Three years after its founding, Aster Data Systems has emerged from stealth mode with an Internet-scale, massively parallel processing database and a well-known customer-MySpace.
Dubbed Aster nCluster, the product is aimed at overcoming the price and performance challenges of large-scale data warehouses. At the core of the nCluster architecture are algorithms and processes that control the placement, partitioning, balancing, replication and querying across clusters of intelligent nodes.
The data partitioning algorithm, called POD (Performance Optimized Dimensional) Partitioning, attempts to maximize the locality of queries by doing intelligent placement in advance. So when a query hits a node, it finds as much data locally as possible, explained Aster Chief Technology Officer Tasso Argyros. Another key innovation is an algorithm referred to as Precision Scaling, which provides for incremental scaling of new hardware nodes, ensuring that each addition of a commodity node will proportionally speed up the workload, he said.
“Once a new node is powered on in the cluster, Aster nCluster takes over the entire process of imaging the node, migrating data over to the new node from an overloaded node, constructing the requisite indexes on the newly gained data, and creating the requisite backups,” Argyros said.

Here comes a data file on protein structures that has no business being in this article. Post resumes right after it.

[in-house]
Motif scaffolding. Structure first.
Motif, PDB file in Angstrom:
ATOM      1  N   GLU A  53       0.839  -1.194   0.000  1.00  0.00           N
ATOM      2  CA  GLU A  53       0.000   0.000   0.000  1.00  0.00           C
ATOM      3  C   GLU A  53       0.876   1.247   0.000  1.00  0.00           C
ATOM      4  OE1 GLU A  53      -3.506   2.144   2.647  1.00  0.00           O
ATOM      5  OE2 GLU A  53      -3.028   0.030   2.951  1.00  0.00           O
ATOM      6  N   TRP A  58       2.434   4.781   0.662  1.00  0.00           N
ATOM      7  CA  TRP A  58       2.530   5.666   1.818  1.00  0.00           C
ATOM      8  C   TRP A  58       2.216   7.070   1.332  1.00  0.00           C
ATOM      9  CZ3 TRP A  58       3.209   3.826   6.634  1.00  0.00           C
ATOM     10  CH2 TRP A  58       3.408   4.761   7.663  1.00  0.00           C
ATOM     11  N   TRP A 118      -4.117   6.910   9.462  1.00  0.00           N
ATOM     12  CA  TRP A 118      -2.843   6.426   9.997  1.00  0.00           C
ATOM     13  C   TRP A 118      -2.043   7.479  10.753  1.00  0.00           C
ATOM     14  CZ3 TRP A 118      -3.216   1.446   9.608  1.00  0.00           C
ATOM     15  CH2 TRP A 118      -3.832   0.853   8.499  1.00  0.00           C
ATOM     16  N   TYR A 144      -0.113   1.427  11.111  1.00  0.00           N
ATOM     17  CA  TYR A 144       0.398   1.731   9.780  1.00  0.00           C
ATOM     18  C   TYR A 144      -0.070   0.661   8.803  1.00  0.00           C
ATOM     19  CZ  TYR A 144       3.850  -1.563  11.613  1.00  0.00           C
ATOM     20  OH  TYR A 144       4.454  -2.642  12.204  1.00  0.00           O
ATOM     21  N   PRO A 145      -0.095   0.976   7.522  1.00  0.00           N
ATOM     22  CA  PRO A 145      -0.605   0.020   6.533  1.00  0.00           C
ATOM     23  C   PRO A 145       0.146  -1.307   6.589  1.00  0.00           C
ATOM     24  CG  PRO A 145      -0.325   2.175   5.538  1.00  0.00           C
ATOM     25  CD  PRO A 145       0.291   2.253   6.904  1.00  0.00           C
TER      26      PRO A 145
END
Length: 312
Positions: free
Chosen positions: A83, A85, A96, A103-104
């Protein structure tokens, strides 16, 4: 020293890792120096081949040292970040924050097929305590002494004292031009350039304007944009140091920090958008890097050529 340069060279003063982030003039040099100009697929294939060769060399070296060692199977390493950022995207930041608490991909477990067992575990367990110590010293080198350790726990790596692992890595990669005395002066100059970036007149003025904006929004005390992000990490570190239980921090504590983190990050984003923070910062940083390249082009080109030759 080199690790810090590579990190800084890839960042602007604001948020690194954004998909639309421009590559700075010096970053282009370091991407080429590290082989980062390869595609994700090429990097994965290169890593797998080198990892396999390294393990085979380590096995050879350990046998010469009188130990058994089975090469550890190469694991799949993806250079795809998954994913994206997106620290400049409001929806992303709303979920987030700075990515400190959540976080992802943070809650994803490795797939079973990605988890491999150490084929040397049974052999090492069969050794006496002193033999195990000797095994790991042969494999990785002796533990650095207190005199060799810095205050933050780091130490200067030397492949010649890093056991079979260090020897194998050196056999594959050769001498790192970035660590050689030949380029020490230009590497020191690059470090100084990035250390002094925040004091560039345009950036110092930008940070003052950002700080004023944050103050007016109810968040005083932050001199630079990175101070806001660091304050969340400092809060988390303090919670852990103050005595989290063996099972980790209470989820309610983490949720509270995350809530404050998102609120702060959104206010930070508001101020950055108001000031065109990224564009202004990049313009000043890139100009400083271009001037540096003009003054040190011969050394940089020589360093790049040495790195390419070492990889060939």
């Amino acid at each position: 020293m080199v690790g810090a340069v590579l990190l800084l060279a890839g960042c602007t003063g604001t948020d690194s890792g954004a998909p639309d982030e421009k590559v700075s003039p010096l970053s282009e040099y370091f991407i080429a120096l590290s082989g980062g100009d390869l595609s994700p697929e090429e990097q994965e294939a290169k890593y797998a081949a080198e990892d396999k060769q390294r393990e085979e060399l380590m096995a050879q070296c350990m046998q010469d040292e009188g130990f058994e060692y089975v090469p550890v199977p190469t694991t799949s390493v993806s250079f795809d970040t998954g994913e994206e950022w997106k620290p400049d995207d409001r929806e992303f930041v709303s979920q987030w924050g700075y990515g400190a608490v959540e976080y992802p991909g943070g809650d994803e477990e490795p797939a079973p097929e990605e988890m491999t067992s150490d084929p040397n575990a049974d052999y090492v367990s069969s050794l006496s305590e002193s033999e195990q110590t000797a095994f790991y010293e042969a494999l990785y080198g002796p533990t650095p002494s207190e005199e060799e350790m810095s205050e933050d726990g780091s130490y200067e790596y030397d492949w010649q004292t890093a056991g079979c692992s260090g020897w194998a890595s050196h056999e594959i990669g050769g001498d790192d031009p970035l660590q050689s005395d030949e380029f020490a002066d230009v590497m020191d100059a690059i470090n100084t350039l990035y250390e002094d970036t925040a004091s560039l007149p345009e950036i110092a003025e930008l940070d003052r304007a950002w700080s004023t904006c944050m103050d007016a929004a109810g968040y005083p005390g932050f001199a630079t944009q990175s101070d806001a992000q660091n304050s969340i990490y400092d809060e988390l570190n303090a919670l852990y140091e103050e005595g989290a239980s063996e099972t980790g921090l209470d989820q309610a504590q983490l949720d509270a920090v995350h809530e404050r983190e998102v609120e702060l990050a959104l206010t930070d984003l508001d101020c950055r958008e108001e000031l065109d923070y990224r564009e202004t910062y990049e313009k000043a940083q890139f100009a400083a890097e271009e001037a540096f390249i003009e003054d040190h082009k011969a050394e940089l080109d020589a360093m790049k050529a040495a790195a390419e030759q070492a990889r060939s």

Out of the gate, Aster Data counts MySpace as one of its customers. According to Aster Data, the social network has more than 100 nodes and the capability of loading millions of rows per second. With nCluster, MySpace can use powerful analytic extensions to simplify and speed analysis, he said.
“At MySpace, Aster is used to collect all page view data directly from the Web servers,” Argyros said. “As you can imagine, MySpace needed to understand traffic on their site intraday, requiring terabytes of data to be loaded in their data warehouse on a daily basis. More importantly, they needed complex queries to quickly return results.”
Aster Data was founded in 2005 by three Ph.D. students from the Computer Science Department at Stanford University. The company is positioning itself as provider of MPP (massively parallel processing) databases for organizations that need to store and analyze large amounts of data.
“Our software then makes it very easy and reliable to manage these servers by handling issues such as scale-up, replication and failures, and enables queries on the cluster to perform superfast … by optimizing for the right system bottlenecks,” Argyros said.